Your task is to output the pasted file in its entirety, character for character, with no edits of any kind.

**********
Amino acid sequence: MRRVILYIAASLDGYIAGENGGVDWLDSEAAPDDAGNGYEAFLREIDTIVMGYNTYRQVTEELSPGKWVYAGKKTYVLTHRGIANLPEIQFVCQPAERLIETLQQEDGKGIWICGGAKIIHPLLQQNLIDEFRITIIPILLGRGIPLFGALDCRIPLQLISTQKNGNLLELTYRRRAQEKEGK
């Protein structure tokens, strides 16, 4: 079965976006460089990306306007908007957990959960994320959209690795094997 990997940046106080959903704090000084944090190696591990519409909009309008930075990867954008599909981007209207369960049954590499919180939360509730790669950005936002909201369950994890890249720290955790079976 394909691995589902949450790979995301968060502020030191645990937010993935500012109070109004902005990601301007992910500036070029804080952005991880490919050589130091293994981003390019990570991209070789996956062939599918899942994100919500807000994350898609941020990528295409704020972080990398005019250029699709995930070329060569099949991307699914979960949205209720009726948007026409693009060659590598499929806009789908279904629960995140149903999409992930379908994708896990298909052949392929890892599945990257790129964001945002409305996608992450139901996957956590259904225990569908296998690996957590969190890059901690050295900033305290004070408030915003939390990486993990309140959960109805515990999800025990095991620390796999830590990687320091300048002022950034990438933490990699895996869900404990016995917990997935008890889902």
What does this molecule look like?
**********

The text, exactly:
Amino acid sequence: MRRVILYIAASLDGYIAGENGGVDWLDSEAAPDDAGNGYEAFLREIDTIVMGYNTYRQVTEELSPGKWVYAGKKTYVLTHRGIANLPEIQFVCQPAERLIETLQQEDGKGIWICGGAKIIHPLLQQNLIDEFRITIIPILLGRGIPLFGALDCRIPLQLISTQKNGNLLELTYRRRAQEKEGK
């Protein structure tokens, strides 16, 4: 079965976006460089990306306007908007957990959960994320959209690795094997 990997940046106080959903704090000084944090190696591990519409909009309008930075990867954008599909981007209207369960049954590499919180939360509730790669950005936002909201369950994890890249720290955790079976 394909691995589902949450790979995301968060502020030191645990937010993935500012109070109004902005990601301007992910500036070029804080952005991880490919050589130091293994981003390019990570991209070789996956062939599918899942994100919500807000994350898609941020990528295409704020972080990398005019250029699709995930070329060569099949991307699914979960949205209720009726948007026409693009060659590598499929806009789908279904629960995140149903999409992930379908994708896990298909052949392929890892599945990257790129964001945002409305996608992450139901996957956590259904225990569908296998690996957590969190890059901690050295900033305290004070408030915003939390990486993990309140959960109805515990999800025990095991620390796999830590990687320091300048002022950034990438933490990699895996869900404990016995917990997935008890889902």
What does this molecule look like?